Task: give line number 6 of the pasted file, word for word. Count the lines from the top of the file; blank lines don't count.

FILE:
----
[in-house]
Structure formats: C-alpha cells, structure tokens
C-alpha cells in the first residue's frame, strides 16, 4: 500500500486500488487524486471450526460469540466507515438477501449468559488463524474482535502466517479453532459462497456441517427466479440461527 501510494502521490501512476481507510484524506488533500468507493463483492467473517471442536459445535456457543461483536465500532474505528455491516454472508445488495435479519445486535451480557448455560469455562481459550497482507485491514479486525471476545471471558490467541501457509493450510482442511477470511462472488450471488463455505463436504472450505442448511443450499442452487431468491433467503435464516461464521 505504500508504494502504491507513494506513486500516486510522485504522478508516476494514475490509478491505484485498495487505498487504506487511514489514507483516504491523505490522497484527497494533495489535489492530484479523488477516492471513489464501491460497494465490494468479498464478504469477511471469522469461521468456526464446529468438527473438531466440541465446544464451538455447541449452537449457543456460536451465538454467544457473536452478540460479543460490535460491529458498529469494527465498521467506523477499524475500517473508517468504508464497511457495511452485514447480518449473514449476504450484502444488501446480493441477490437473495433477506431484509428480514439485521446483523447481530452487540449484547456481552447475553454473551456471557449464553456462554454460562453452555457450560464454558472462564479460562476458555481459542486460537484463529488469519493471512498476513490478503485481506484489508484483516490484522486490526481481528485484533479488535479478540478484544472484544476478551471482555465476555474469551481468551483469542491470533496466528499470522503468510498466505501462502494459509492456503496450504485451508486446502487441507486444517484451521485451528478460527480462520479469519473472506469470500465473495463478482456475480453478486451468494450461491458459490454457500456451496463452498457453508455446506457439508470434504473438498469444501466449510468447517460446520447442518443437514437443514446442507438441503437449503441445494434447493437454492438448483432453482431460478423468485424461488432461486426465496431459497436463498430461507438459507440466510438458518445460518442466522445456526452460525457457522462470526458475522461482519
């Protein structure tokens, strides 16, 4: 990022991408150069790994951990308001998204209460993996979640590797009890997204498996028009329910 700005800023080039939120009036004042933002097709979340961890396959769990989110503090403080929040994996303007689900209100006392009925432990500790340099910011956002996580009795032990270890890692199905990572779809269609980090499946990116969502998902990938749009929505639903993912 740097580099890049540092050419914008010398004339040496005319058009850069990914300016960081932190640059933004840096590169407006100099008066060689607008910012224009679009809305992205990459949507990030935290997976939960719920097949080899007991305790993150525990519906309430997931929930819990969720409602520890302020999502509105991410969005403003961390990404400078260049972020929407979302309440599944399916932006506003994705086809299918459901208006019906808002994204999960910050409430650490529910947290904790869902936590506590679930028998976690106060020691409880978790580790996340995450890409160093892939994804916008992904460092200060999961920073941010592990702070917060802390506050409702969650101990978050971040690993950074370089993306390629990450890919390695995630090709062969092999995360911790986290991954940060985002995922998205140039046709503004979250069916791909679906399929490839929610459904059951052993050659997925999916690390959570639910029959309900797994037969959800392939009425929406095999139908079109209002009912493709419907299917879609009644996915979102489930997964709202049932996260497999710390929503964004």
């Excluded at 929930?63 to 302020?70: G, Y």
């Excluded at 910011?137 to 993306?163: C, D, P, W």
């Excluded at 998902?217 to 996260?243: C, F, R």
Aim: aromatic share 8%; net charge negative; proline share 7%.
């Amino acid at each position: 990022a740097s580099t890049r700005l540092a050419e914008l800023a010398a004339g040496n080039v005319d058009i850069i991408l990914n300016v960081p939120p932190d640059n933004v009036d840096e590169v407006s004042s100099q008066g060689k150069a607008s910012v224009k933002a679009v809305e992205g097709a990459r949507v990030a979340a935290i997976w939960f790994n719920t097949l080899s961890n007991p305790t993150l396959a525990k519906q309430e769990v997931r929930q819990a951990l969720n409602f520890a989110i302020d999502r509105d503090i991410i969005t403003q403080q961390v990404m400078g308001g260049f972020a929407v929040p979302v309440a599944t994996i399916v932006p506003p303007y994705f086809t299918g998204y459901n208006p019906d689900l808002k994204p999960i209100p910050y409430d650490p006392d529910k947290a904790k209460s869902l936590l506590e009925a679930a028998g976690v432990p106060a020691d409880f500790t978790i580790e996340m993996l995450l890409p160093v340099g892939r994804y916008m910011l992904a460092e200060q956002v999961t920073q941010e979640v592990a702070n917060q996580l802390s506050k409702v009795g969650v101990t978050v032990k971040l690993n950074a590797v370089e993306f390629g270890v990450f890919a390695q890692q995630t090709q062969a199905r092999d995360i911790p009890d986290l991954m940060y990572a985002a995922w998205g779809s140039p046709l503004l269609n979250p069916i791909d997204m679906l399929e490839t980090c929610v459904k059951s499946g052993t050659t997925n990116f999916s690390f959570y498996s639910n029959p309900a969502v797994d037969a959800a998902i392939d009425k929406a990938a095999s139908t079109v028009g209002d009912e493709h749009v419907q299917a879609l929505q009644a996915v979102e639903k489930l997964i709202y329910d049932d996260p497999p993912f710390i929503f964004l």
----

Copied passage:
């Excluded at 910011?137 to 993306?163: C, D, P, W």